All that said, I will probably listen to the last one when it comes out. There's enough interesting going on that I want to know what happens, but I was a bit disappointed and felt the book could have been better with a judicious edit.

39 people found this helpful

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    5 out of 5 stars
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Book 3?

Will we wait forever like with Game of Thrones or sometime in this decade Patrick will send us Book 3.

11 people found this helpful

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45 hours of nothing

Rothfuss 1st book had sparks of brilliance, with this long waste of nothing he digressed. It felt like patrick was reliving his college days #semi autobiographical. In the prologue he stated that he was happy to write a book that he was proud of, and I absolutely believed that he did! Every single character was stagnant, none grew.
P.S after publishing this why would anyone buy a third book.
P.s.s Jack of many stories except this one, I really wanted to like this series now I feel cheated, disappointed, angry, hurt and pissed.

10 people found this helpful

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    3 out of 5 stars
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    3 out of 5 stars

Good, but not as good as the first

Kvothe's adventures seemed somewhat contrived. Parts like the ship wreck and trial were rushed, but his time in the forest seemed to draw on way too long. Hopefully, in the third book we get a little resolution. This book left me wanting more answers and not in a good, satisfying way. Too many major conflicts seem to be gaining no progress.

9 people found this helpful

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Went right off the rails

the first book was good, but the author lost sight of the story and got lost

6 people found this helpful

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    5 out of 5 stars
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    5 out of 5 stars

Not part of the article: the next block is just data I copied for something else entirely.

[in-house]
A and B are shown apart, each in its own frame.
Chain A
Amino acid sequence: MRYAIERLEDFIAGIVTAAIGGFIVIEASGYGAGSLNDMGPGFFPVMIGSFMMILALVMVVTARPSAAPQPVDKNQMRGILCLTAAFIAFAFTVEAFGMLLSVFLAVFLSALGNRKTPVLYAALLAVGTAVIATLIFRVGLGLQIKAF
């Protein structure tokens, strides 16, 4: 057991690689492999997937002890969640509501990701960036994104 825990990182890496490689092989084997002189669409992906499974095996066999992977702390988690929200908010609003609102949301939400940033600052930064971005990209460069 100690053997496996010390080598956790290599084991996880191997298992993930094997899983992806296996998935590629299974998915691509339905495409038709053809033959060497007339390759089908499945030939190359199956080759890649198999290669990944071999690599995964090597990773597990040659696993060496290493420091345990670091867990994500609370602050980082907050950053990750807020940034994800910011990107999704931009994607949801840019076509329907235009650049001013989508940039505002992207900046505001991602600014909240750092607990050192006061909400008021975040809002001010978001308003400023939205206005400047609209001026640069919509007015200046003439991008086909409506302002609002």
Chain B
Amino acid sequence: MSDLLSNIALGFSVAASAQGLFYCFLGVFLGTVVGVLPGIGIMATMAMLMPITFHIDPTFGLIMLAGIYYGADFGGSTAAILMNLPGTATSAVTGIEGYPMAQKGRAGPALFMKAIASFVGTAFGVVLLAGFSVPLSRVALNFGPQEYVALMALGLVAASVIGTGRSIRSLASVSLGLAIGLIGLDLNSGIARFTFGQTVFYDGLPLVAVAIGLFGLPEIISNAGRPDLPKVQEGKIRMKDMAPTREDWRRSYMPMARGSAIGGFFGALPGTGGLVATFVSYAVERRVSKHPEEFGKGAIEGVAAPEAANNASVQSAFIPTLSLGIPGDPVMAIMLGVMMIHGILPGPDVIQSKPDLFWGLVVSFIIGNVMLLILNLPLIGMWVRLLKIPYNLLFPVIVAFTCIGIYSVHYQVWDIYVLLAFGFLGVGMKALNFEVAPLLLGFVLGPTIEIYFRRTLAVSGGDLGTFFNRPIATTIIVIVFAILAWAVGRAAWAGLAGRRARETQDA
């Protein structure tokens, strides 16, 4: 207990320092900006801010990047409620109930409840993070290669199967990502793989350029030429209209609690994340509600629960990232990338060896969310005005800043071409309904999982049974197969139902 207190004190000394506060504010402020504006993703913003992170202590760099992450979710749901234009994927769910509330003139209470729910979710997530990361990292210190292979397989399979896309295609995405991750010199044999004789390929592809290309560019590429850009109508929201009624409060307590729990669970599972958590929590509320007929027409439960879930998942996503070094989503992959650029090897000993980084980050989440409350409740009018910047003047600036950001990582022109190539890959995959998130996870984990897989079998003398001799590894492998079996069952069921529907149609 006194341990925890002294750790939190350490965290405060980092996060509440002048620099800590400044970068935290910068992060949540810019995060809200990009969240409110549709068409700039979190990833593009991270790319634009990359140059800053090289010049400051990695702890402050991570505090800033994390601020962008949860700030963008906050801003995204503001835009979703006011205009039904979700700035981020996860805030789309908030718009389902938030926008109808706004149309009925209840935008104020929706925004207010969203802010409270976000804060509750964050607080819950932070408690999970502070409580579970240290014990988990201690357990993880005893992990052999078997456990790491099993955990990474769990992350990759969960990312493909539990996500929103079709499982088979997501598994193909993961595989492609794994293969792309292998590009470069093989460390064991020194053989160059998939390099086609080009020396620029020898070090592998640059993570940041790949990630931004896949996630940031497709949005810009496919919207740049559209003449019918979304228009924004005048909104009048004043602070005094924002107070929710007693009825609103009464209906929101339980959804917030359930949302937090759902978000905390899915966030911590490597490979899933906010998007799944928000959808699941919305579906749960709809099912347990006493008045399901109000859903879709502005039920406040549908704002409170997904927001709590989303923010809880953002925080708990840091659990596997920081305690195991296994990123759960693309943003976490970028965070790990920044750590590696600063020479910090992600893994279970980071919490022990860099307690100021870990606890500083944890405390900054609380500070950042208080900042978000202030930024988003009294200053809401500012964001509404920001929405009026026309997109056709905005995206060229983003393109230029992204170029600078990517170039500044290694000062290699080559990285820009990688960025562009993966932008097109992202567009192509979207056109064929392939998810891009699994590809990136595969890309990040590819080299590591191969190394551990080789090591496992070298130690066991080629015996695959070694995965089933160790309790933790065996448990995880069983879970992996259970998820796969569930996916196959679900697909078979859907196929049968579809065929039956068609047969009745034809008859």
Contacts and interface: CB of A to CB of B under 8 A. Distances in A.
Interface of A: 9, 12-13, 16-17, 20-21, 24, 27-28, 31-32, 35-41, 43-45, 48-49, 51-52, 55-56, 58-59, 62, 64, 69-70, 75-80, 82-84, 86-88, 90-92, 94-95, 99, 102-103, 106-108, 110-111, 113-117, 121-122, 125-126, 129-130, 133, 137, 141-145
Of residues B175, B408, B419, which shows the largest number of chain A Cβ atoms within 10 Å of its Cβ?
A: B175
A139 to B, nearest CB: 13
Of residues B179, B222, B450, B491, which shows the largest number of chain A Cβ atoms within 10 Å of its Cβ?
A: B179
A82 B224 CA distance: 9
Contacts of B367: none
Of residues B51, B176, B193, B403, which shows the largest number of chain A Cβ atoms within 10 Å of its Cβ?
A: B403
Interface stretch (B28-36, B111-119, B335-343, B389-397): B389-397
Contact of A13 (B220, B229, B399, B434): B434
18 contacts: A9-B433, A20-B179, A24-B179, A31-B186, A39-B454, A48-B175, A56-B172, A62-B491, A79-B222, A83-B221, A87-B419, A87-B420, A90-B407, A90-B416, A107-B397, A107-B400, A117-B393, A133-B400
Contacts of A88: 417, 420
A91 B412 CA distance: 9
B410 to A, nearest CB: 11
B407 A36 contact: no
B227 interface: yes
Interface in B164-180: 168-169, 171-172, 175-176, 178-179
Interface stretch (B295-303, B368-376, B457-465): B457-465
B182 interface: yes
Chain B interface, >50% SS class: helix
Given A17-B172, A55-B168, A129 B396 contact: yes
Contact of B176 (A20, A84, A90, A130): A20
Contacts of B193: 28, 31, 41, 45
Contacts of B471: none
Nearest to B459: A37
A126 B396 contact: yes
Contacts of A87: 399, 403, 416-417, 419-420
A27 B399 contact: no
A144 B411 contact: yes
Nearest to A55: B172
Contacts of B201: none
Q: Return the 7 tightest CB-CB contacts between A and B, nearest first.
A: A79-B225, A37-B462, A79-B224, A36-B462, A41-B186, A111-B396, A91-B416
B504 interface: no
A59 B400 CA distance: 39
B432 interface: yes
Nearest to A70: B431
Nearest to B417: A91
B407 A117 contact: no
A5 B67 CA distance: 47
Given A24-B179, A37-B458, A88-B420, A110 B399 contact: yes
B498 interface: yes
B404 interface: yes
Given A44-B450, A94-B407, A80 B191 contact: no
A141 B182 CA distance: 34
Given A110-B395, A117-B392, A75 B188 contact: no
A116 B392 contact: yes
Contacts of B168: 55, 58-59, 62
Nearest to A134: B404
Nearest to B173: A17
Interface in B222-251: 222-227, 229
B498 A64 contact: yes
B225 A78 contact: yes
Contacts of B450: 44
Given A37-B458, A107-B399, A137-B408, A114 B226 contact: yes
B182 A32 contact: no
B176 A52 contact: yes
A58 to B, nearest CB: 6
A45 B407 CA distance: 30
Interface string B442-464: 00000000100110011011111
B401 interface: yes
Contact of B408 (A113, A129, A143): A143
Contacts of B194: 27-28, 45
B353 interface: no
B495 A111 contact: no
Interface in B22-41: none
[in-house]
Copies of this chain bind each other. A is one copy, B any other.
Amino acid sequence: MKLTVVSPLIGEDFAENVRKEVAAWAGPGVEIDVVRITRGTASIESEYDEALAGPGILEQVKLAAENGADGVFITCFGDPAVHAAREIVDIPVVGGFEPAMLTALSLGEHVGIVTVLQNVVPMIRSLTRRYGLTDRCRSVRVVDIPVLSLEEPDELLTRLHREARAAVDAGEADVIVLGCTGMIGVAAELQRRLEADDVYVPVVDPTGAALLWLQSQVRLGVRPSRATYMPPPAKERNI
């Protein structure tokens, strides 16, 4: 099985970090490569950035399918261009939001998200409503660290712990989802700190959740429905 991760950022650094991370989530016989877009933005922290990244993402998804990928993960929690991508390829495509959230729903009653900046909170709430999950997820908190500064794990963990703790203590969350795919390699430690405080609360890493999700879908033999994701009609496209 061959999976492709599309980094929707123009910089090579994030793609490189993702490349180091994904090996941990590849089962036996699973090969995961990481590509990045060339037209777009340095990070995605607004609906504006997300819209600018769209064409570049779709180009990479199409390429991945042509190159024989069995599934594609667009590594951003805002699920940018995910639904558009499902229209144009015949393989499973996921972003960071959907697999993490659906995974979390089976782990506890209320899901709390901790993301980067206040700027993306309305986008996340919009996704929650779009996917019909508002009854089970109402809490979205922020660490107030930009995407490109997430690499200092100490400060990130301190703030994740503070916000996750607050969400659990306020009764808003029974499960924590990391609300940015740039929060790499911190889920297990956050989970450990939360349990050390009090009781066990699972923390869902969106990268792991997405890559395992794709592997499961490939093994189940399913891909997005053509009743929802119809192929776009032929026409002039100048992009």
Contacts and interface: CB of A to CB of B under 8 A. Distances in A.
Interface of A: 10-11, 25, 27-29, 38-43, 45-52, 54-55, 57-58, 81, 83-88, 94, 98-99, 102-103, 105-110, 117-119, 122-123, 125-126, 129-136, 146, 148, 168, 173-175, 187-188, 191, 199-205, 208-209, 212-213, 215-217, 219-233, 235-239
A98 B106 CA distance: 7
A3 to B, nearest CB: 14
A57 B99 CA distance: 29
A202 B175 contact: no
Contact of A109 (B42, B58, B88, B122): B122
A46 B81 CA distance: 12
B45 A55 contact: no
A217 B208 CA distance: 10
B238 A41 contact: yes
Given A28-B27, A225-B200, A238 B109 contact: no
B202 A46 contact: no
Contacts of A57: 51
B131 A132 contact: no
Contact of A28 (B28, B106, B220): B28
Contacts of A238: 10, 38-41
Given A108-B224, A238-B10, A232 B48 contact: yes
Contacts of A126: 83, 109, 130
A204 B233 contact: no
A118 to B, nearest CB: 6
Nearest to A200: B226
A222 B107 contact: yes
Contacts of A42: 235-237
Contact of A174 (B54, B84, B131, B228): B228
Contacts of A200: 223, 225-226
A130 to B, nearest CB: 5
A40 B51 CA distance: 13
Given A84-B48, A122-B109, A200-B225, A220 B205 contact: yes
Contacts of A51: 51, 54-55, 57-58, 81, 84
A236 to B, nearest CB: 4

Well worth your time

This review covers the first books of the series Kingkiller Chronicles. Some fantasy can be exhausting: Dan Simmons, Brandon Sanderson, George R. R. Martin, Robert Jordan, even sometimes Neil Gaiman. Their stories can take your breath away but sometimes, also, knock the wind out of you with a force. Patrick Rothfuss is not about that. He is more about an easy-going kind of entertainment. These books do not knock you over with amazement, epic wars or adventure. They are more subtle and a great richness comes through in that subtlety. While usually light, do not be fooled; they contain a depth and richness that is just easy to read and easier to appreciate. This is nothing short of outstanding fantasy prose and character development. These stories are long but not too long. Rothfuss does not ramble. The continuity of the protagonist Kvothe’s stories is there but not so complex or convoluted that one can get lost over the span. While there are many characters there is a core of them that are easy to know and become invested in. The stories are more about people and their relationships than about what the wizard-in-training is actually learning and practicing. At least the first two books do not contain that much magic but they do not leave you wanting either. They only leave you in great anticipation of the next book to come in the series. Nick Podehl’s reading is impeccable. I am loathe to say this is a great book for YA’s for fear it might deter older readers from venturing here. That would be a mistake. These are great books for readers of all age or gender.